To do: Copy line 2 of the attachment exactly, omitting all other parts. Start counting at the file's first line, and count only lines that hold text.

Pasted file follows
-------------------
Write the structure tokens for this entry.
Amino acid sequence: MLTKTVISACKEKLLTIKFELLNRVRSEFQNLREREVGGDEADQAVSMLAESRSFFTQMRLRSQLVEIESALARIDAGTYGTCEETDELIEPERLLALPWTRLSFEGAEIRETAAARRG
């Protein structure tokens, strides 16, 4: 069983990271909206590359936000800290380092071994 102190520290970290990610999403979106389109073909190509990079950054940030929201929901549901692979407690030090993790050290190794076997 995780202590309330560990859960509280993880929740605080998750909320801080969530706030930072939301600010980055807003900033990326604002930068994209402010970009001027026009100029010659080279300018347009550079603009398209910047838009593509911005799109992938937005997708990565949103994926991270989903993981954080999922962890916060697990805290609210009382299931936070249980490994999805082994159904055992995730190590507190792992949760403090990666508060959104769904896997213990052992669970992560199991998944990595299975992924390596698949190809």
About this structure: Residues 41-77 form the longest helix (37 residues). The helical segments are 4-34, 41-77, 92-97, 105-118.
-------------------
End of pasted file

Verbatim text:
Amino acid sequence: MLTKTVISACKEKLLTIKFELLNRVRSEFQNLREREVGGDEADQAVSMLAESRSFFTQMRLRSQLVEIESALARIDAGTYGTCEETDELIEPERLLALPWTRLSFEGAEIRETAAARRG